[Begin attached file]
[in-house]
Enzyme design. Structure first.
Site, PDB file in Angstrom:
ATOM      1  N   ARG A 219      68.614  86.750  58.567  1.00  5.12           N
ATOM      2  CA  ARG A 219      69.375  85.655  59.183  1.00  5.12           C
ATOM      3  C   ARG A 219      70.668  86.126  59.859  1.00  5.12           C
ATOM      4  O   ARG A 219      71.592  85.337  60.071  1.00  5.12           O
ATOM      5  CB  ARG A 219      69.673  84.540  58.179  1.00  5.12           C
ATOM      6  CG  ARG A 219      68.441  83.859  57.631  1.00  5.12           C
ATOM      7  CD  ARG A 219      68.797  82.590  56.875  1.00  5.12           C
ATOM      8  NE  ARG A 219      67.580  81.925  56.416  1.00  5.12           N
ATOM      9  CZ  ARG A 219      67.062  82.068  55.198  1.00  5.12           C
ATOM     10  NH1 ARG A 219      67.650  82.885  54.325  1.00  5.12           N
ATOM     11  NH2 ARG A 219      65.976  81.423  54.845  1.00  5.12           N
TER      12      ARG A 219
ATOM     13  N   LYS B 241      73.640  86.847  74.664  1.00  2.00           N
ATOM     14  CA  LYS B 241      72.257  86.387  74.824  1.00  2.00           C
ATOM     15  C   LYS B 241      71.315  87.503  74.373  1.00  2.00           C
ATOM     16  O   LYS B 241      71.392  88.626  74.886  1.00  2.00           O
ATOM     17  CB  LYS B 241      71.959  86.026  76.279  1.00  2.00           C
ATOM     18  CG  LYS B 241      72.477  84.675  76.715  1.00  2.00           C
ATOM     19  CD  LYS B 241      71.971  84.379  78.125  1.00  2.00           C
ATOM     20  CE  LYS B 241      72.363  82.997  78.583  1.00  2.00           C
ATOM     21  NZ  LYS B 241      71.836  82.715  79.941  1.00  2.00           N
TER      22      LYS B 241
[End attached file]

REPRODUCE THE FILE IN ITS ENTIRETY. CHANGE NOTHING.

[in-house]
Enzyme design. Structure first.
Site, PDB file in Angstrom:
ATOM      1  N   ARG A 219      68.614  86.750  58.567  1.00  5.12           N
ATOM      2  CA  ARG A 219      69.375  85.655  59.183  1.00  5.12           C
ATOM      3  C   ARG A 219      70.668  86.126  59.859  1.00  5.12           C
ATOM      4  O   ARG A 219      71.592  85.337  60.071  1.00  5.12           O
ATOM      5  CB  ARG A 219      69.673  84.540  58.179  1.00  5.12           C
ATOM      6  CG  ARG A 219      68.441  83.859  57.631  1.00  5.12           C
ATOM      7  CD  ARG A 219      68.797  82.590  56.875  1.00  5.12           C
ATOM      8  NE  ARG A 219      67.580  81.925  56.416  1.00  5.12           N
ATOM      9  CZ  ARG A 219      67.062  82.068  55.198  1.00  5.12           C
ATOM     10  NH1 ARG A 219      67.650  82.885  54.325  1.00  5.12           N
ATOM     11  NH2 ARG A 219      65.976  81.423  54.845  1.00  5.12           N
TER      12      ARG A 219
ATOM     13  N   LYS B 241      73.640  86.847  74.664  1.00  2.00           N
ATOM     14  CA  LYS B 241      72.257  86.387  74.824  1.00  2.00           C
ATOM     15  C   LYS B 241      71.315  87.503  74.373  1.00  2.00           C
ATOM     16  O   LYS B 241      71.392  88.626  74.886  1.00  2.00           O
ATOM     17  CB  LYS B 241      71.959  86.026  76.279  1.00  2.00           C
ATOM     18  CG  LYS B 241      72.477  84.675  76.715  1.00  2.00           C
ATOM     19  CD  LYS B 241      71.971  84.379  78.125  1.00  2.00           C
ATOM     20  CE  LYS B 241      72.363  82.997  78.583  1.00  2.00           C
ATOM     21  NZ  LYS B 241      71.836  82.715  79.941  1.00  2.00           N
TER      22      LYS B 241